January 10th the US News and World Report posted the inaugural collection of their Top Online Education Programs. They noted that the time is right to provide consumers with this information as online education has come of age; more than 6 million students are taking at least one online course according to a Babson survey referenced in the Chronicle of Higher Education. The data US News gathered to determine who would place in their “Honor Rolls” included metrics on student services, student engagement, faculty credentials and admissions selectivity programs across 5 disciplines (e.g., from education to computer information technology).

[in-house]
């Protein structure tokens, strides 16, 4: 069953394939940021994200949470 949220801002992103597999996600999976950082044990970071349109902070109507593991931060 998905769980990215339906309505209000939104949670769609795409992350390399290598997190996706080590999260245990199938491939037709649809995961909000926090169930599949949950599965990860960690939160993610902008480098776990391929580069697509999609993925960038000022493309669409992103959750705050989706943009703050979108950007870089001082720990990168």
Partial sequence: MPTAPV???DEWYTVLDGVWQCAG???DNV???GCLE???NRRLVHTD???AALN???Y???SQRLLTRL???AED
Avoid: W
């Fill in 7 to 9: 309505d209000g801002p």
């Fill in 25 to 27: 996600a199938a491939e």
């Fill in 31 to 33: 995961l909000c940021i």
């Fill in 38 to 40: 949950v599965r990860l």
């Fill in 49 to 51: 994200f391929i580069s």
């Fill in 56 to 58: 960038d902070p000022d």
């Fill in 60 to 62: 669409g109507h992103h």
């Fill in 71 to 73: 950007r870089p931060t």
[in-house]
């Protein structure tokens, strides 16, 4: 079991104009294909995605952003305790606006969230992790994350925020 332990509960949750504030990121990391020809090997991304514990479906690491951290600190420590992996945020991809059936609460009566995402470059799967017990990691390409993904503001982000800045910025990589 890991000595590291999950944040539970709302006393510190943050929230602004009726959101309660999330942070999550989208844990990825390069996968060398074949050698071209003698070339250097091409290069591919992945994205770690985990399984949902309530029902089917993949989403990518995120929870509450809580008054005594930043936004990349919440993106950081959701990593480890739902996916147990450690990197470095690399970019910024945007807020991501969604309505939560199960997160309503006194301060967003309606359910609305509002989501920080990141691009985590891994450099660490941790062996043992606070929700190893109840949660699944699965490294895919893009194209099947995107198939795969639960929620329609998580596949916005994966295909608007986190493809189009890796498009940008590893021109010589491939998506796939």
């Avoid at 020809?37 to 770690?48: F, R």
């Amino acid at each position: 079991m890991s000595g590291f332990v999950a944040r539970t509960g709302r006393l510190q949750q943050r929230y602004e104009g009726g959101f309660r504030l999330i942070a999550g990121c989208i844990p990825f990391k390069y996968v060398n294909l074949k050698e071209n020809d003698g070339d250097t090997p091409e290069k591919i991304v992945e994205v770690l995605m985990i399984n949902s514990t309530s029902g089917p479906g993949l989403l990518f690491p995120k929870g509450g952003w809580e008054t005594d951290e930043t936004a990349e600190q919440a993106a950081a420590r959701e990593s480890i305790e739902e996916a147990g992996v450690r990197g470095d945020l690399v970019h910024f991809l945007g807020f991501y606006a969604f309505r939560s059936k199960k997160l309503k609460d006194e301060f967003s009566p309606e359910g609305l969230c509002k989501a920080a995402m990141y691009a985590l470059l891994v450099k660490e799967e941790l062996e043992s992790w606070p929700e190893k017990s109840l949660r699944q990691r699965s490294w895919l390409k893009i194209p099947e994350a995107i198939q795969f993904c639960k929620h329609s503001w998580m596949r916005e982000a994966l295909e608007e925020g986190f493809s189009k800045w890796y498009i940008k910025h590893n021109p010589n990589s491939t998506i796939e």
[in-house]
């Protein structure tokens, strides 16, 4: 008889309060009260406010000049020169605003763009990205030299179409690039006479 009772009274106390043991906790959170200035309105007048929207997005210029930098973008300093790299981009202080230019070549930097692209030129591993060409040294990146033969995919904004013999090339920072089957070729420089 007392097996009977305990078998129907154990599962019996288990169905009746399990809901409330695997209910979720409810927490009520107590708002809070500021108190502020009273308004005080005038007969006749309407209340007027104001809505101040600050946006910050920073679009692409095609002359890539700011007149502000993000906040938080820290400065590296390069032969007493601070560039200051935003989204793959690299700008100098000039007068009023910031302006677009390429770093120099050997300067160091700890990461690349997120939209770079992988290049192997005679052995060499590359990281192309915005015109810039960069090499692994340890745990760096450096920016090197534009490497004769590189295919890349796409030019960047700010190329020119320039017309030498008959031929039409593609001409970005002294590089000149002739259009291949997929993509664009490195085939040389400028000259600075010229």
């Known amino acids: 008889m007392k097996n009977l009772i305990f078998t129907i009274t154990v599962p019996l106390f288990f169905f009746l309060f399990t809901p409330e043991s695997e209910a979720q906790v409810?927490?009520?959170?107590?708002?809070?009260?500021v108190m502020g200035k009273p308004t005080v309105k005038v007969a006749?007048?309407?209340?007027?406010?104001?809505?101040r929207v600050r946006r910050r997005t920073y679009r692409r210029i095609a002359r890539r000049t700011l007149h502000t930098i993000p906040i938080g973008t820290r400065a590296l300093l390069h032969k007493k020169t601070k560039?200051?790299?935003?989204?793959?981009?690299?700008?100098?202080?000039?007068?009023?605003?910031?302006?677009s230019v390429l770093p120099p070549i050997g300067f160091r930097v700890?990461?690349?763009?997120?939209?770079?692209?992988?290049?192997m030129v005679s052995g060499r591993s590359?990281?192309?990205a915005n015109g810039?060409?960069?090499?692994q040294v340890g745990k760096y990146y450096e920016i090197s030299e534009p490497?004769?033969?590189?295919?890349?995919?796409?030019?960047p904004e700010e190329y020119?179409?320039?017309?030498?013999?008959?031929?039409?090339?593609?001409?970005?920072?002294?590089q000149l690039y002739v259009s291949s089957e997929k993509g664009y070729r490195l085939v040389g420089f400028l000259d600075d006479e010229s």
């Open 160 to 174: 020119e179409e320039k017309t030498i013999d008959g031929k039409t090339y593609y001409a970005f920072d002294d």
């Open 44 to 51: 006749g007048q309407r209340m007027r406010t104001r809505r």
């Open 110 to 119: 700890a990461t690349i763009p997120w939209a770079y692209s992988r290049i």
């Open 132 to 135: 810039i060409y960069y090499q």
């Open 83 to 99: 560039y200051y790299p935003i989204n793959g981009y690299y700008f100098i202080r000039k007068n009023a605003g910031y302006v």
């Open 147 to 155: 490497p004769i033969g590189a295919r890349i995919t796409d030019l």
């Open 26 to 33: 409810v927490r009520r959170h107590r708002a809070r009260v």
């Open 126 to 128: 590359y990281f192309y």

While this was the first attempt to cluster top online programs, it is of note that none of their initial metrics or methods considered if web content could be accessed by all students, including those with disabilities. Assuming that online degree-granting entities will work hard to achieve Honor Roll status, this could be a powerful mechanism to assist in needed system-change. Based on the backlash and substantive feedback going into US News on their process, there will likely be tweaks in the future. Web accessibility for students with disabilities in online education appears to be consistent with the US News existing criteria of both “Student Engagement and Accreditation” and “Students Services and Technology”.
We at NCDAE hope that you provide your opinions to the US News Online Education staff, we certainly will.